UMHS graduate Dr. Lara Gizzi took time from her hectic schedule–juggling duties as a Family Medicine resident at the University of Ottawa in Canada, research projects, exams and a work lifestyle she describes as an “absolute whirlwind”–to speak to the UMHS Endeavour. We were especially interested in speaking to Dr. Gizzi because she has a unique perspective on working in medicine in Canada.
Dr. Gizzi initially met with Michelle Peres, UMHS VP of Enrollment Management, and had a good feeling about our school, so she “took a risk” by applying to UMHS a few years ago. Ultimately, she made the right decision to enter UMHS as a Canadian studying medicine abroad. The Toronto area native had missed a deadline to apply online to Canadian medical schools and did not wish to wait a full year before applying again.
The UMHS Endeavour spoke to this gifted young doctor about her experiences at UMHS and on the island of St. Kitts, from the close connections she made with professors and working as a teaching assistant to the challenges of living abroad on a tropical island, and the myriad of lessons learned during clinical rotations and electives in the USA and Canada. Dr. Gizzi adapted quickly to St. Kitts and the UMHS campus and bonded with her fellow students, realizing she was “surrounded by people in the same boat with the same fears,” all wanting to become doctors. We spoke in detail with Dr. Gizzi about what Canadians can expect before, during and after studying medicine at UMHS.
UMHS Endeavour: Tell us a little about where you are currently working.
Dr. Lara Gizzi: I am a Family Medicine resident at the University of Ottawa in Canada. I am finishing off my final PGY2 year now and will be applying for a PGY3 fellowship year in Emergency Medicine in either Ottawa or Toronto, Canada.
What year did you graduate and where are you originally from?
I graduated from UMHS in spring 2014. I am originally from Mississauga, ON, Canada, which is just outside of the better known Canadian city, Toronto.
Why did you decide to go to UMHS?
To be honest, my ultimate goal was to practice in my home country. However, I just missed a deadline to create an online account for Canadian medical school applications. As such, I would have had to wait a full year before applying, and the competition/number of available seats in Canada wasn’t very promising in the first place. So, I took a risk and listened to my gut and a few University Supervisors’ opinions and applied to UMHS. I interviewed with Michelle Peres in Toronto in the summer of 2009. I had a positive feeling about venturing to medical school abroad from the second the interview began.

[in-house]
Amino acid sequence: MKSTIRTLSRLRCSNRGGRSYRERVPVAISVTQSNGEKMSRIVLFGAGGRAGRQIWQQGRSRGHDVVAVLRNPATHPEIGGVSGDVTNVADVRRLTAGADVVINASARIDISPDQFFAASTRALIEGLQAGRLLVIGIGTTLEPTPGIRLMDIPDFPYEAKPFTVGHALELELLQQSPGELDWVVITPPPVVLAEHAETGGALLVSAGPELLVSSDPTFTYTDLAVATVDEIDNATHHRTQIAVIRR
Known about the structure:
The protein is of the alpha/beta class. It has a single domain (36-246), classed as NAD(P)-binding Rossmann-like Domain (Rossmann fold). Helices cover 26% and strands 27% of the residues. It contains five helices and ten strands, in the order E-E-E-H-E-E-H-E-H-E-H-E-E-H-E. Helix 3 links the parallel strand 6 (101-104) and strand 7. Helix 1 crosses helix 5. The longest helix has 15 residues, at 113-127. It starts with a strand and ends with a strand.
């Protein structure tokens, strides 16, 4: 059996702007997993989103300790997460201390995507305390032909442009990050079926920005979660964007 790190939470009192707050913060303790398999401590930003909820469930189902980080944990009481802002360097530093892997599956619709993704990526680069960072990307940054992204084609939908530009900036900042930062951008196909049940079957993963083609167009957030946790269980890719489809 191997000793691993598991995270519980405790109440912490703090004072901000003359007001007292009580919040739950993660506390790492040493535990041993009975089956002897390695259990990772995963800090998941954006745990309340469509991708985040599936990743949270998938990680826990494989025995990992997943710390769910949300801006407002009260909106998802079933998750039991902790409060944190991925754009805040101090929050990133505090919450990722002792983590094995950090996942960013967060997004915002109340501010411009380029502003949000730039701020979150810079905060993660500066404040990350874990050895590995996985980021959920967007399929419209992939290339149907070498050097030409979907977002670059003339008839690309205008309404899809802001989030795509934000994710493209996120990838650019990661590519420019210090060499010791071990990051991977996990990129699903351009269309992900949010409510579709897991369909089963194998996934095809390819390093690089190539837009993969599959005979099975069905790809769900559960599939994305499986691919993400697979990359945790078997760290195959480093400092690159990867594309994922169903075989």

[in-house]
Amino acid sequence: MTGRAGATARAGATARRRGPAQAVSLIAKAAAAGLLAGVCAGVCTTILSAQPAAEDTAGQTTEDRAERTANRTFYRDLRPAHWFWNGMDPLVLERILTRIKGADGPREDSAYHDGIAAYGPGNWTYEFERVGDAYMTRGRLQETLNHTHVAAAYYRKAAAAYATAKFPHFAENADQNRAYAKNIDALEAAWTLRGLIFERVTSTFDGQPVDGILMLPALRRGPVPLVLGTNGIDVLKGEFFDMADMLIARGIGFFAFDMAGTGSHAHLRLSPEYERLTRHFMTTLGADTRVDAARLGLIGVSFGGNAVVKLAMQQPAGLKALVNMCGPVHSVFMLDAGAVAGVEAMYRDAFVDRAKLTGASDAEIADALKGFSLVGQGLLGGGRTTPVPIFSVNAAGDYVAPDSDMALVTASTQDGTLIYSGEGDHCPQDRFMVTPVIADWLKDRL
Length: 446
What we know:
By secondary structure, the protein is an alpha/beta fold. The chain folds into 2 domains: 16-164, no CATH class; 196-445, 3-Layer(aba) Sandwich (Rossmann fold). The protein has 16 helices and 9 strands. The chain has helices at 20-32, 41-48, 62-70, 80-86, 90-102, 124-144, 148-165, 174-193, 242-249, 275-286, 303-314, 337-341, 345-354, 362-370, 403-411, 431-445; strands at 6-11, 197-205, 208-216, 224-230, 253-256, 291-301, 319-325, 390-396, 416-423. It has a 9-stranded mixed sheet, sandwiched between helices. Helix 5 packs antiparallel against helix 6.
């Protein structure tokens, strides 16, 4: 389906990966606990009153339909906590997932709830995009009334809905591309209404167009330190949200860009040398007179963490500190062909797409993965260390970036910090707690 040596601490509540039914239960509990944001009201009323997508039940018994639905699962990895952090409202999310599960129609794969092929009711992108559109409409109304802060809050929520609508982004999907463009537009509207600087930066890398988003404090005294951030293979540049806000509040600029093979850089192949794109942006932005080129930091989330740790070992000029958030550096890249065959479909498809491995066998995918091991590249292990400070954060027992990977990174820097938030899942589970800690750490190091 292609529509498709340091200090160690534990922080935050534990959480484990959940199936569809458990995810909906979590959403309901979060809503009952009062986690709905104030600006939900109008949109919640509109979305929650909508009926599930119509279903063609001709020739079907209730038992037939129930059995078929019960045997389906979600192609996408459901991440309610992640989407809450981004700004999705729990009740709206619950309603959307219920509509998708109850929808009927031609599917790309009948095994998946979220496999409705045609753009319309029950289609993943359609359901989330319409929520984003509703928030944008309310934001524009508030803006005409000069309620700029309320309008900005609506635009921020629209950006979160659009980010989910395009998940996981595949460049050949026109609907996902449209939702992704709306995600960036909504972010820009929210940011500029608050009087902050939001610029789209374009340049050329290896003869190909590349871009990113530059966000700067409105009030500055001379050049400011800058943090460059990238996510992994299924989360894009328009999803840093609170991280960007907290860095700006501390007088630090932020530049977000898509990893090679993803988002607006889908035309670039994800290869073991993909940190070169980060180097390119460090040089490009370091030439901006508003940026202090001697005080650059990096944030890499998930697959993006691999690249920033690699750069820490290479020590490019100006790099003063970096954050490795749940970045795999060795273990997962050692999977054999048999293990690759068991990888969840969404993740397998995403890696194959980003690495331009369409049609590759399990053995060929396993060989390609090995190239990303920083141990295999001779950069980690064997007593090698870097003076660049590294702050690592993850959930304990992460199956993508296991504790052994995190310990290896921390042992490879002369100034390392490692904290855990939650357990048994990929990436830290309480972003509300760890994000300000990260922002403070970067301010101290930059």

What about your medical education at UMHS gave you an edge for becoming a doctor?
The faculty-to-student ratio was ideal. I was able to form close connections with my professors, as they were available and approachable and got to know me well. I was able to be a teacher assistant each semester. I had many more interesting experiences being abroad and meeting so many different types of people in terms of age, culture, background, etc. I became very familiar with my own personal strengths and weaknesses being away from the comforts of home. I learned to not take education and opportunities for success for granted. I had exposure to several different systems and cities across the U.S. As such, I learned to adapt very easily to new settings and gain great confidence in my personal and medical skills as I always had to put my best foot forward to make a lasting impression in a short amount of time.
Did you do any clinicals in Canada and did that help?
I did electives in Plastic Surgery and Cardiology through McMaster University, as well as an elective in Family Medicine in a private practice in Toronto. This most certainly assisted in my successful entry into residency in Canada. Having letters of reference from Canadian physicians and proof that I made it my prerogative to invest time learning in Canada was of utmost importance.
Does the preparation for USMLE apply to Canadian exams as well?
The USMLE is a great method of preparation for the Medical Council of Canada examinations. I found the USMLE examinations to be much more lengthy and difficult, making the subsequent writing of Canadian exams much less daunting. Prospective Canadian applicants should ensure they review Canadian ethics sections as well as the different laboratory values used in Canada prior to exam writing.
What was your experience on the island like?
I enjoyed the sun each and every day. I still miss it, just as much as I miss the never-ending barbecued chicken, mango trees and monkeys. The first month is a bit of an adjustment as you are in foreign territory, with foreign people, and starting a very difficult academic endeavor. Once you realize you are surrounded by people in the same boat, this uneasiness quickly fades while your support system quickly grows. I made many friends that I still have today and enjoyed everything Caribbean island life had to offer, from numerous hikes, to beautiful beaches, to scuba diving, to island nightlife and more. You will miss friends, family and the conveniences of home, but the experience is one you will take much away from and I wouldn’t trade it for the world.
Is there anything else you’d like to add?
Don’t let anyone convince you that you can’t achieve your ultimate goals. Set them out from day one and never look back. Good luck.
Built in the tradition of the best U.S. universities, the University of Medicine and Health Sciences focuses on individualized student attention, small class sizes and recruiting high-quality faculty. For these reasons, UMHS is quickly becoming the school of choice among Caribbean medical schools.